Artificial intelligence spawns ethical concerns
NASHVILLE (BP) -- The ethics of artificial intelligence (AI) has drawn comments from the White House and British House of Commons in recent weeks, along with a nonprofit organization established by Amazon, Google, Facebook, IBM and Microsoft. Now, Baptist computer scientists have called Christians to join the discussion.
Individuals with a Christian worldview need to be involved in designing and programing AI systems, Perkins said, to help prevent those systems from behaving in ways that violate the Bible's ethical standards. Believers can thus employ "the mathematics or the logic we will be using to program these devices" to "infuse" a biblical worldview "into an [AI] system."
While AI has no universally accepted definition, an Oct. 12 report by the White House's Office of Science and Technology Policy defines it as "a computerized system that exhibits behavior that is commonly thought of as requiring intelligence."
Self-driving cars and AI-equipped unmanned aircraft are two examples highlighted in the report, which also notes AI applications in health care, transportation, the environment, the criminal justice system and "economic inclusion."
Perkins noted automated manufacturing, surgery and warfare as potential applications of AI. Among the most common forms of AI on the market is the automated personal assistant on many smartphones.
The 58-page White House report states that "ethical training for AI practitioners is a necessary part" of ensuring "fairness and safety" in the use of developing technologies.
Similarly, the House of Commons' Science and Technology Select Committee stated in an Oct. 5 report that "ongoing consideration" is needed in such areas as minimizing "bias being accidentally built into AI systems" and limiting "unwanted, or unpredictable, behaviours" by AI systems.
The Amazon/Google/Facebook/IBM/Microsoft partnership -- dubbed the partnership on Artificial Intelligence to Benefit People and Society -- was announced Sept. 28 with one of its goals being publication of research "in areas such as ethics, fairness and inclusivity," according to a press release.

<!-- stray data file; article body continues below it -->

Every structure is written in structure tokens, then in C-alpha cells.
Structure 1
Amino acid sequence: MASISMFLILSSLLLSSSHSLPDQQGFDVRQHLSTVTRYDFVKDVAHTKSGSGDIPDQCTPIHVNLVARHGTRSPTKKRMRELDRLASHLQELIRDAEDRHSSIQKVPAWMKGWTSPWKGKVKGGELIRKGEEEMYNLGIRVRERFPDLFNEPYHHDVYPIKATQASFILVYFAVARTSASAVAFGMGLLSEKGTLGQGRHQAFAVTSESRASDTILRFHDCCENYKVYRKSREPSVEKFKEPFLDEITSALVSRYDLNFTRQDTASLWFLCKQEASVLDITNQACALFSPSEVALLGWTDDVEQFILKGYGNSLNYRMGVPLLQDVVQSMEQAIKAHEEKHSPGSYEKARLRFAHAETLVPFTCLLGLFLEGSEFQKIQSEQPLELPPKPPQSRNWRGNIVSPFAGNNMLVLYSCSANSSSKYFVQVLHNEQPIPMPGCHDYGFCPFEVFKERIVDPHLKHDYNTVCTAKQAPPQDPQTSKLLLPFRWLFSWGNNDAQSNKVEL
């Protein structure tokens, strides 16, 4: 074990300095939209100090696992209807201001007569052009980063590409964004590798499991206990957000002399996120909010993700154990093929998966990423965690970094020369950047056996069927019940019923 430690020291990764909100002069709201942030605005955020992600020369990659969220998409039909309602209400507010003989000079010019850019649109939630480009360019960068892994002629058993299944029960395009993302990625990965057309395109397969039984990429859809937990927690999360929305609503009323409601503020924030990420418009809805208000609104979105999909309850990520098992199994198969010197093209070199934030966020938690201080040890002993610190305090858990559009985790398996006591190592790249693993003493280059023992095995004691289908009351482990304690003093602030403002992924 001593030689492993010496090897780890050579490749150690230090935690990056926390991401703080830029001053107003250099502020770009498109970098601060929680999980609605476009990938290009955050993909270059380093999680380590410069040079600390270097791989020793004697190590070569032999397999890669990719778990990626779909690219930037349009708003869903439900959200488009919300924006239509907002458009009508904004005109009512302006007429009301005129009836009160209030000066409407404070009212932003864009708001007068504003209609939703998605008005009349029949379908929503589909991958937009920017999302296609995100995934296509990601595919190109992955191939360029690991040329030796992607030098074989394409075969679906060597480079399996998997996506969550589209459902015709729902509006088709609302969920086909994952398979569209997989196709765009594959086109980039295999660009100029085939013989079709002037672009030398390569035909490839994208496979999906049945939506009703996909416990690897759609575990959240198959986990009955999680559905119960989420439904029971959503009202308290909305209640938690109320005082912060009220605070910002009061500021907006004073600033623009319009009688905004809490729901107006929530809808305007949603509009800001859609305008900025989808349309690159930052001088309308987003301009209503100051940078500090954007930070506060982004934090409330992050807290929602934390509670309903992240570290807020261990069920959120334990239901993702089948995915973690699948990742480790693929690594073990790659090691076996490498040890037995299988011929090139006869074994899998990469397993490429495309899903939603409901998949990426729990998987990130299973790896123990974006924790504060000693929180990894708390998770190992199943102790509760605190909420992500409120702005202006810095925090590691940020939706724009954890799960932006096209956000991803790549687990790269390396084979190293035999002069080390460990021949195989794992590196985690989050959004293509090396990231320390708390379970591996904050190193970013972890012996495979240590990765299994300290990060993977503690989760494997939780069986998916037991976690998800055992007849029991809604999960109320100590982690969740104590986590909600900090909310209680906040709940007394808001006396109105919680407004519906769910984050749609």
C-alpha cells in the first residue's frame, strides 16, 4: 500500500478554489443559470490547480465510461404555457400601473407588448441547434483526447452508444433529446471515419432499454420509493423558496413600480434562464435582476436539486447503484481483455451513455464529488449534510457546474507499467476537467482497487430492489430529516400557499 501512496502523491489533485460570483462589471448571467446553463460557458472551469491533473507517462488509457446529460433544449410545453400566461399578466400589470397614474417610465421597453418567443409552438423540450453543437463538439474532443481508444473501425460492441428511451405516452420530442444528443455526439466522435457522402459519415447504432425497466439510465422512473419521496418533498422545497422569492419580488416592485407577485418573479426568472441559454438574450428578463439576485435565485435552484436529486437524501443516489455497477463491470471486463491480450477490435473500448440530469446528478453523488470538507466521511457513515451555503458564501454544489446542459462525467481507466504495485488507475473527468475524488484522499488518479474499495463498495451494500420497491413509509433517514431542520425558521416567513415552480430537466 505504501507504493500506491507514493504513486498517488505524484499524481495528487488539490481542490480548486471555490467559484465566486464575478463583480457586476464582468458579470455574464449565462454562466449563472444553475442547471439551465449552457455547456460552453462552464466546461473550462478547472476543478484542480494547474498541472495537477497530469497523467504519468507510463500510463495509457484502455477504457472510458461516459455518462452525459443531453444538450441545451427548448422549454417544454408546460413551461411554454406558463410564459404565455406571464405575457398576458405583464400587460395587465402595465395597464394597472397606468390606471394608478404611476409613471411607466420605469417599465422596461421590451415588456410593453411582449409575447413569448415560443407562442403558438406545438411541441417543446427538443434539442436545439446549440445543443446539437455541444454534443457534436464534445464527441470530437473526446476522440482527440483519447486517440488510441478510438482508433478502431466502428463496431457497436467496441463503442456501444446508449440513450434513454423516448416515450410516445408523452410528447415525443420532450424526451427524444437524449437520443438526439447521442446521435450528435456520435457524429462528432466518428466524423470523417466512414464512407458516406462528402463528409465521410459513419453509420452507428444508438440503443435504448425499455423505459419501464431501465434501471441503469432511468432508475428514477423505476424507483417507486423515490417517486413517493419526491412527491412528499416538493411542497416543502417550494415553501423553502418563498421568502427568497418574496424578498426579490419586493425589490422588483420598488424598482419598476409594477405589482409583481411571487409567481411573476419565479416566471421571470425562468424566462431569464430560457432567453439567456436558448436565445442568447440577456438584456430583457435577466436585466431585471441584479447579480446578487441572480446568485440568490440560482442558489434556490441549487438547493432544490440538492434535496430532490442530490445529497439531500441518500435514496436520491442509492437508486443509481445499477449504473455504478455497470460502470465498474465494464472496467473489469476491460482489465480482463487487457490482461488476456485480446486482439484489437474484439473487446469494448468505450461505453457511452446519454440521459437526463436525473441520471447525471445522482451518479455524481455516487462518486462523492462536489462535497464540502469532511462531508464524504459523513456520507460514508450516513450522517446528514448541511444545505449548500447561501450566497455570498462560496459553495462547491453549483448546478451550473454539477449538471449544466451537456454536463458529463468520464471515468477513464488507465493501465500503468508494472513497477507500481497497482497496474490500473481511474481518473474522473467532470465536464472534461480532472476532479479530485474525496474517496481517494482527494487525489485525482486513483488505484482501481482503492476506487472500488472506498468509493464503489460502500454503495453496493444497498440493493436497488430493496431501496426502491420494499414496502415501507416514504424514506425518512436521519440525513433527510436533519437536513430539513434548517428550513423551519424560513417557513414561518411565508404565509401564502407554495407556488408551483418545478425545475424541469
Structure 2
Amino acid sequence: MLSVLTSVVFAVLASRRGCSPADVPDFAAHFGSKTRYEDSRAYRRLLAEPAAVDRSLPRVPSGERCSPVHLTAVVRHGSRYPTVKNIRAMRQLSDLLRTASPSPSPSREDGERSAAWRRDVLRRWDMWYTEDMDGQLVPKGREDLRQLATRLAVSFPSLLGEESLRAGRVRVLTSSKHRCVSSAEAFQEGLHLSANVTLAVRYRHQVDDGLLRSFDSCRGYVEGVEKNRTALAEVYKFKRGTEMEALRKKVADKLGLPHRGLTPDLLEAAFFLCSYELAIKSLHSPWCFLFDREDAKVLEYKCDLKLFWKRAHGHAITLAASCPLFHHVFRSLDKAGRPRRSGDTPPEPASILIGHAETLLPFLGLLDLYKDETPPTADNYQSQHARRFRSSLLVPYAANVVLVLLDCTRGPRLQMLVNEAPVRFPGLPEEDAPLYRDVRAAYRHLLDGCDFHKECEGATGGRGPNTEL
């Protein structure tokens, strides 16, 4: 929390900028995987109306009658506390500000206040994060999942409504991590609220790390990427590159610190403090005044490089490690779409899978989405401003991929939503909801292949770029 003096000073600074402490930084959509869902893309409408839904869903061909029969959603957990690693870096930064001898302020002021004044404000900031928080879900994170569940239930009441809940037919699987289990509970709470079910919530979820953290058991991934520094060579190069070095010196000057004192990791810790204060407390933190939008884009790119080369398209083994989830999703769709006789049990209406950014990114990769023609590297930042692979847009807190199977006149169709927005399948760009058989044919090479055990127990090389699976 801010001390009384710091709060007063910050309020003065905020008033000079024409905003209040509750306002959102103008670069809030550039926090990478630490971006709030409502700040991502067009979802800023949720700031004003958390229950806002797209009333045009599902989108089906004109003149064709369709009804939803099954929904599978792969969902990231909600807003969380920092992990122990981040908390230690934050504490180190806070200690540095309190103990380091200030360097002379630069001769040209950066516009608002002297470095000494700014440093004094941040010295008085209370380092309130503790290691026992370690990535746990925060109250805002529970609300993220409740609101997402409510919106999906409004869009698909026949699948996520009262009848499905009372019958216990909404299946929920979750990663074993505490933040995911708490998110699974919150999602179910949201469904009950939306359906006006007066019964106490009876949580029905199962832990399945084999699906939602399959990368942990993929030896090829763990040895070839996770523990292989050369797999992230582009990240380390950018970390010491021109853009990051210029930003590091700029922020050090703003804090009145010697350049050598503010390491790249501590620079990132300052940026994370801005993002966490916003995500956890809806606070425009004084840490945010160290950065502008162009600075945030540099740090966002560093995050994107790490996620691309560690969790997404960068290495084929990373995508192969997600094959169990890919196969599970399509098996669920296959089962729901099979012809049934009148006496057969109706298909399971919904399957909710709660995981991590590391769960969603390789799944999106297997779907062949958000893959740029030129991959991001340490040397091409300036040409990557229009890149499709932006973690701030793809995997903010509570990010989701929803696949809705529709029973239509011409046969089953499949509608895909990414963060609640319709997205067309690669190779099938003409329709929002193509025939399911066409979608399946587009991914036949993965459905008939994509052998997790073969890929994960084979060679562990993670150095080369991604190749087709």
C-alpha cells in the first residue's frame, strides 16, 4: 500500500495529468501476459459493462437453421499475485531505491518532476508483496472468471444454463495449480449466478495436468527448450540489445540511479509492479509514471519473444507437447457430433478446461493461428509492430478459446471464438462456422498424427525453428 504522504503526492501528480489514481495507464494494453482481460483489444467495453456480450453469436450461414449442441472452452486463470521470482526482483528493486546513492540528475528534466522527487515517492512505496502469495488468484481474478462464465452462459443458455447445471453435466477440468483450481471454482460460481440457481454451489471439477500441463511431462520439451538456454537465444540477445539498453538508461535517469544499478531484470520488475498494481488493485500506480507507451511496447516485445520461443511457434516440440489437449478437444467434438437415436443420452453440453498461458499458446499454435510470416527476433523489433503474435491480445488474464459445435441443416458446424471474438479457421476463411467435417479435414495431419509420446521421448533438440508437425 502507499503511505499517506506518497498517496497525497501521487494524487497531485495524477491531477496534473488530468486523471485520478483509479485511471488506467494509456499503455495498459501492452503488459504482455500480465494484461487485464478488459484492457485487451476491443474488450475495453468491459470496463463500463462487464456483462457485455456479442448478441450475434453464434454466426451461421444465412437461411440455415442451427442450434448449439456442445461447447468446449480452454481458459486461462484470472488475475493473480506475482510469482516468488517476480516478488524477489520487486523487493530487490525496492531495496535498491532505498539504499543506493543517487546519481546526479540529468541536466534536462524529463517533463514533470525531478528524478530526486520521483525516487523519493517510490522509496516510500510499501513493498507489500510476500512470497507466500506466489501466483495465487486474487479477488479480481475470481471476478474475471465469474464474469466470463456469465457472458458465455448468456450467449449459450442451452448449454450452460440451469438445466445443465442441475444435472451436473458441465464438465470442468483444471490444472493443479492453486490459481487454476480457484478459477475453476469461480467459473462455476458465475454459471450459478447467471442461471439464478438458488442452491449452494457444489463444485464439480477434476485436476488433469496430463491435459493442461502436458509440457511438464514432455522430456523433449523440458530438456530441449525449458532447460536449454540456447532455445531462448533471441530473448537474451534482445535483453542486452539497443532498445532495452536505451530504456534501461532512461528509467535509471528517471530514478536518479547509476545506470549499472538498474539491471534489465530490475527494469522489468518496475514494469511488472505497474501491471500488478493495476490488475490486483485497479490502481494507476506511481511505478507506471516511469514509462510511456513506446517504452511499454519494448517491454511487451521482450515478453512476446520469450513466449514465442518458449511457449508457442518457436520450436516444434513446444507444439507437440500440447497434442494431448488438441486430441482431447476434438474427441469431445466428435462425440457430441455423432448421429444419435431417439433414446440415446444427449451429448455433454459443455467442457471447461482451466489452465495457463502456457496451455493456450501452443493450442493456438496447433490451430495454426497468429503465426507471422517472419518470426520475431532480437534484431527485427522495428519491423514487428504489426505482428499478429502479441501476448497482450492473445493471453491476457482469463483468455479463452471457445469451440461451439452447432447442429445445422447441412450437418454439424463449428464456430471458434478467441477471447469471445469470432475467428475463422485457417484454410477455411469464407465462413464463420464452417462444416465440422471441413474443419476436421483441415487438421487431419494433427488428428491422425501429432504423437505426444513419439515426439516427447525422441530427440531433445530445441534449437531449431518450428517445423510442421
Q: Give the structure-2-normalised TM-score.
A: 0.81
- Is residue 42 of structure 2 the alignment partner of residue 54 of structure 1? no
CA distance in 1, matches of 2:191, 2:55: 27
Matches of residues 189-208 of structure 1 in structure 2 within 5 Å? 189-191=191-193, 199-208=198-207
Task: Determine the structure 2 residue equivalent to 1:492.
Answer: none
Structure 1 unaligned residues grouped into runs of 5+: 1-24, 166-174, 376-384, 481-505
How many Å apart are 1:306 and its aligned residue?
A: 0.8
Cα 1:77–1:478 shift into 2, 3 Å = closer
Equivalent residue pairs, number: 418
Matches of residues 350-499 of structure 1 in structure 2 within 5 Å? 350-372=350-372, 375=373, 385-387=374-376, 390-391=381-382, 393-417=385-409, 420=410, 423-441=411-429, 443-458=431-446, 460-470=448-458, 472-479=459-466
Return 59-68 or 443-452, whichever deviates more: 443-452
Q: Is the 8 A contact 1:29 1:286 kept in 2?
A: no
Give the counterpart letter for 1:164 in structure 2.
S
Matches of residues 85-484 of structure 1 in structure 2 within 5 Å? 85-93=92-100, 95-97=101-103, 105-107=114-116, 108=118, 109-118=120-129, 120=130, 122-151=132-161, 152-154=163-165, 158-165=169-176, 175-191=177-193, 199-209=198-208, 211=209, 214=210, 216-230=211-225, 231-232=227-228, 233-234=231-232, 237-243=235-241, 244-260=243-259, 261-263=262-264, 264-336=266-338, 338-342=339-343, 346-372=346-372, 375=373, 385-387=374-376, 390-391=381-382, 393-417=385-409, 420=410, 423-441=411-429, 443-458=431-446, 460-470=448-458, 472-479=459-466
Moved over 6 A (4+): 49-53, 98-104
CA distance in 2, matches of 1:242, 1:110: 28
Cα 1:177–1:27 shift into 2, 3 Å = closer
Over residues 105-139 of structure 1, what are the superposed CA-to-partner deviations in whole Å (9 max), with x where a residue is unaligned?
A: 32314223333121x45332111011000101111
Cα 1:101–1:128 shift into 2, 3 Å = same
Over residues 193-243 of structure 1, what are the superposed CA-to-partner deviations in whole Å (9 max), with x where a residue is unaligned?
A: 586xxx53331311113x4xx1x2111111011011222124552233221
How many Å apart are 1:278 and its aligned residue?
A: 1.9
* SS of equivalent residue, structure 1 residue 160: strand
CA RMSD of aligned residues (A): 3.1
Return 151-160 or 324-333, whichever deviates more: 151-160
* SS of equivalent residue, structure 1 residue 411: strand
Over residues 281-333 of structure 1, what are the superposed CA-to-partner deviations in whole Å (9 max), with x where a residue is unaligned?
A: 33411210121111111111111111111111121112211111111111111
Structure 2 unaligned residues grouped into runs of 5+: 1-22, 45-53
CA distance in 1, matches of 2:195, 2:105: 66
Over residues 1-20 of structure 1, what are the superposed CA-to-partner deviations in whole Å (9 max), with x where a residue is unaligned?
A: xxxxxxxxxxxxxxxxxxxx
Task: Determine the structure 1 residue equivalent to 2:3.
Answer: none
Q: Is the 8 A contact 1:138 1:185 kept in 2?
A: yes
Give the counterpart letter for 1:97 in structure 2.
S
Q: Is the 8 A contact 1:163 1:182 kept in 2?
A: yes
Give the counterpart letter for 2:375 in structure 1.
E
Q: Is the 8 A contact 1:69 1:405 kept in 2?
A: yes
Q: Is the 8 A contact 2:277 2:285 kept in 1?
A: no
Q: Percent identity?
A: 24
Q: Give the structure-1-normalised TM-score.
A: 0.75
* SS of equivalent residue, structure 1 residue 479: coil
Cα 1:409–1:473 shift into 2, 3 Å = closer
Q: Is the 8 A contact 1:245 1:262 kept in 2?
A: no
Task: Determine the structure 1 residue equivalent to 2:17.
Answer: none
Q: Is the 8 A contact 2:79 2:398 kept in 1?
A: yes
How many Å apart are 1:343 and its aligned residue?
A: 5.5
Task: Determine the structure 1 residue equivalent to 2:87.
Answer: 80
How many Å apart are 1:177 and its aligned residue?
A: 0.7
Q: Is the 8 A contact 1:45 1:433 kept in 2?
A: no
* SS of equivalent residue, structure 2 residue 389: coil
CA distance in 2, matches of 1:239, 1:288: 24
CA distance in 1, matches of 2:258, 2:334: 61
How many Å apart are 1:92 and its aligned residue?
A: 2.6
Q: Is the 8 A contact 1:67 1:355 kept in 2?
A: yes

Perkins said one of her ethical concerns related to AI is security. By hacking into the AI systems of a future manufacturing plant, for example, terrorists might be able to program an entire series of self-driving cars to malfunction at the same time, causing chaos on the roads. AI weapons systems also could fall prey to hackers, and AI systems that prepared food could be hacked to poison people.
Positive AI capabilities that appear to be on the horizon are "wonderful," Perkins said. "But these things come with the ability for someone else to take control of them and use them."
The only "non-hackable" devices available currently "are behind fences, where they are not interconnected to the real world," Perkins said. "The devices we're developing now are going to be interconnected to the real world."
Perkins also noted that ethical standards will have to be programmed into AI systems involved in surgery and warfare among other applications. A robot performing surgery on a pregnant woman, for instance, could have to weigh the life of the baby relative to the life of the mother, and an AI weapon system could have to apply standards of just warfare.
Mike Brake, a former computer scientist at Los Alamos National Laboratory in New Mexico who now serves as a student pastor, echoed some of Perkins' concerns.
AI "is to be used to help aid and assist humans," said Brake, student pastor at First Baptist Church in Los Alamos. "There's definitely a great intention behind it in almost any use."
Yet "when you have software making decisions on behalf of humanity," Brake told BP, "you have humans who are writing that software. And humans, as we all know, are prone to error."
Christians should not worry about robots taking over the world, Brake said. "But you do have to be aware that there is artificial intelligence, and it's a software program that is gaining intelligence and making decisions."